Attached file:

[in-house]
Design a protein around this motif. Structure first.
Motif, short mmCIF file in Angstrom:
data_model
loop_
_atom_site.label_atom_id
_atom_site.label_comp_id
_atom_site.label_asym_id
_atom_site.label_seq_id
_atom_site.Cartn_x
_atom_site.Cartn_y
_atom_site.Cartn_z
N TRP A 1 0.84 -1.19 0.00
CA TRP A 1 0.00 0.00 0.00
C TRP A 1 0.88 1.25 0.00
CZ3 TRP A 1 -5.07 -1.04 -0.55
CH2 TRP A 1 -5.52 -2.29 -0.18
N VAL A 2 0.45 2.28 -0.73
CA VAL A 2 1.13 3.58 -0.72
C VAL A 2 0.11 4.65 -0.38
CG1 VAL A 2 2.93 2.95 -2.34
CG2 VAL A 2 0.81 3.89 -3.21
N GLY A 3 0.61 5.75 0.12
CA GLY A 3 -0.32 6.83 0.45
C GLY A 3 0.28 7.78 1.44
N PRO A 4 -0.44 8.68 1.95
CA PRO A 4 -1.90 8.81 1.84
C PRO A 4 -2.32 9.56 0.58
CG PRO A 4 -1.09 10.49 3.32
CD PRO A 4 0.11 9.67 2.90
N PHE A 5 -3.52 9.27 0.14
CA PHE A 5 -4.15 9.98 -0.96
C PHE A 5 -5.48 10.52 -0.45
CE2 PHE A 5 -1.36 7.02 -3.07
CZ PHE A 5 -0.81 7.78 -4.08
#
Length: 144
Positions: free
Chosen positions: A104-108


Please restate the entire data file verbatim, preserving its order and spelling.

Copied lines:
[in-house]
Design a protein around this motif. Structure first.
Motif, short mmCIF file in Angstrom:
data_model
loop_
_atom_site.label_atom_id
_atom_site.label_comp_id
_atom_site.label_asym_id
_atom_site.label_seq_id
_atom_site.Cartn_x
_atom_site.Cartn_y
_atom_site.Cartn_z
N TRP A 1 0.84 -1.19 0.00
CA TRP A 1 0.00 0.00 0.00
C TRP A 1 0.88 1.25 0.00
CZ3 TRP A 1 -5.07 -1.04 -0.55
CH2 TRP A 1 -5.52 -2.29 -0.18
N VAL A 2 0.45 2.28 -0.73
CA VAL A 2 1.13 3.58 -0.72
C VAL A 2 0.11 4.65 -0.38
CG1 VAL A 2 2.93 2.95 -2.34
CG2 VAL A 2 0.81 3.89 -3.21
N GLY A 3 0.61 5.75 0.12
CA GLY A 3 -0.32 6.83 0.45
C GLY A 3 0.28 7.78 1.44
N PRO A 4 -0.44 8.68 1.95
CA PRO A 4 -1.90 8.81 1.84
C PRO A 4 -2.32 9.56 0.58
CG PRO A 4 -1.09 10.49 3.32
CD PRO A 4 0.11 9.67 2.90
N PHE A 5 -3.52 9.27 0.14
CA PHE A 5 -4.15 9.98 -0.96
C PHE A 5 -5.48 10.52 -0.45
CE2 PHE A 5 -1.36 7.02 -3.07
CZ PHE A 5 -0.81 7.78 -4.08
#
Length: 144
Positions: free
Chosen positions: A104-108